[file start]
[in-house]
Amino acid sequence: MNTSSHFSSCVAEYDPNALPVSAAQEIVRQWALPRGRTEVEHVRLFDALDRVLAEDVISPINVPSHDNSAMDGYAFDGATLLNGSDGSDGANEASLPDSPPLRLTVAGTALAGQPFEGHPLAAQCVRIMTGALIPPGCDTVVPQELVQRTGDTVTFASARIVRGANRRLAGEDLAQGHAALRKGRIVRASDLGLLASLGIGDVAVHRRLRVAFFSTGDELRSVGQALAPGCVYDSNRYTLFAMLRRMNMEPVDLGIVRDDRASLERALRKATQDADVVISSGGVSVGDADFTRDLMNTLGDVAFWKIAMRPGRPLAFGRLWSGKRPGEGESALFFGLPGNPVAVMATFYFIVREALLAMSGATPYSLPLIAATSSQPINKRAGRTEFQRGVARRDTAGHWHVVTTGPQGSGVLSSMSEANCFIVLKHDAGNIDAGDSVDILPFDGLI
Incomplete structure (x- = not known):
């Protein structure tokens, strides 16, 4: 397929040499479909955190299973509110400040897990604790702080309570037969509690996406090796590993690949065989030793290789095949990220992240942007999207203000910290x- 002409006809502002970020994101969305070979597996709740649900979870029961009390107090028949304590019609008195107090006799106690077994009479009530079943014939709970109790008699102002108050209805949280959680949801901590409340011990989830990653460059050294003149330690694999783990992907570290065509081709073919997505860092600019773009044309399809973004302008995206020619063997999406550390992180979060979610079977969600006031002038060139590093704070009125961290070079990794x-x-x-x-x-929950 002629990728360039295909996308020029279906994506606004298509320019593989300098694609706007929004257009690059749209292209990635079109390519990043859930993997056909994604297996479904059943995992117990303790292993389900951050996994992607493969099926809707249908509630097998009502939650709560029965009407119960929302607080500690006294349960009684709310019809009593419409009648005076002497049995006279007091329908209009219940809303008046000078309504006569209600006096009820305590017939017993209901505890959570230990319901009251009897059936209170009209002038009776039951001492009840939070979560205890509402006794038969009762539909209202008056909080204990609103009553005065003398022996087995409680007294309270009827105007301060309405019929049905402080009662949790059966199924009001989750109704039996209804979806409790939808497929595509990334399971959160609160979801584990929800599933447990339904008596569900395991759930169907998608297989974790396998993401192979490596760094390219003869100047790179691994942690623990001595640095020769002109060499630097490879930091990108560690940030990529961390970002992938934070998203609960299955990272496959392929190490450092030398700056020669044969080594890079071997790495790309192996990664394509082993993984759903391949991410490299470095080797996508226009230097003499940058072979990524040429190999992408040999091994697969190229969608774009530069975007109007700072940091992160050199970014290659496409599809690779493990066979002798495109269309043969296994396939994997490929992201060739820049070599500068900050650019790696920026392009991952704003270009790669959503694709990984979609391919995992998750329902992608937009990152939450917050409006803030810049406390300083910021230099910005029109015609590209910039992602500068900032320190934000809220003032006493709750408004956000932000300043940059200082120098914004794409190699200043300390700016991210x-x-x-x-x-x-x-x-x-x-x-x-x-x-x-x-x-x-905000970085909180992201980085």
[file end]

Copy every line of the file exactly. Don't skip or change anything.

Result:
[in-house]
Amino acid sequence: MNTSSHFSSCVAEYDPNALPVSAAQEIVRQWALPRGRTEVEHVRLFDALDRVLAEDVISPINVPSHDNSAMDGYAFDGATLLNGSDGSDGANEASLPDSPPLRLTVAGTALAGQPFEGHPLAAQCVRIMTGALIPPGCDTVVPQELVQRTGDTVTFASARIVRGANRRLAGEDLAQGHAALRKGRIVRASDLGLLASLGIGDVAVHRRLRVAFFSTGDELRSVGQALAPGCVYDSNRYTLFAMLRRMNMEPVDLGIVRDDRASLERALRKATQDADVVISSGGVSVGDADFTRDLMNTLGDVAFWKIAMRPGRPLAFGRLWSGKRPGEGESALFFGLPGNPVAVMATFYFIVREALLAMSGATPYSLPLIAATSSQPINKRAGRTEFQRGVARRDTAGHWHVVTTGPQGSGVLSSMSEANCFIVLKHDAGNIDAGDSVDILPFDGLI
Incomplete structure (x- = not known):
């Protein structure tokens, strides 16, 4: 397929040499479909955190299973509110400040897990604790702080309570037969509690996406090796590993690949065989030793290789095949990220992240942007999207203000910290x- 002409006809502002970020994101969305070979597996709740649900979870029961009390107090028949304590019609008195107090006799106690077994009479009530079943014939709970109790008699102002108050209805949280959680949801901590409340011990989830990653460059050294003149330690694999783990992907570290065509081709073919997505860092600019773009044309399809973004302008995206020619063997999406550390992180979060979610079977969600006031002038060139590093704070009125961290070079990794x-x-x-x-x-929950 002629990728360039295909996308020029279906994506606004298509320019593989300098694609706007929004257009690059749209292209990635079109390519990043859930993997056909994604297996479904059943995992117990303790292993389900951050996994992607493969099926809707249908509630097998009502939650709560029965009407119960929302607080500690006294349960009684709310019809009593419409009648005076002497049995006279007091329908209009219940809303008046000078309504006569209600006096009820305590017939017993209901505890959570230990319901009251009897059936209170009209002038009776039951001492009840939070979560205890509402006794038969009762539909209202008056909080204990609103009553005065003398022996087995409680007294309270009827105007301060309405019929049905402080009662949790059966199924009001989750109704039996209804979806409790939808497929595509990334399971959160609160979801584990929800599933447990339904008596569900395991759930169907998608297989974790396998993401192979490596760094390219003869100047790179691994942690623990001595640095020769002109060499630097490879930091990108560690940030990529961390970002992938934070998203609960299955990272496959392929190490450092030398700056020669044969080594890079071997790495790309192996990664394509082993993984759903391949991410490299470095080797996508226009230097003499940058072979990524040429190999992408040999091994697969190229969608774009530069975007109007700072940091992160050199970014290659496409599809690779493990066979002798495109269309043969296994396939994997490929992201060739820049070599500068900050650019790696920026392009991952704003270009790669959503694709990984979609391919995992998750329902992608937009990152939450917050409006803030810049406390300083910021230099910005029109015609590209910039992602500068900032320190934000809220003032006493709750408004956000932000300043940059200082120098914004794409190699200043300390700016991210x-x-x-x-x-x-x-x-x-x-x-x-x-x-x-x-x-x-905000970085909180992201980085």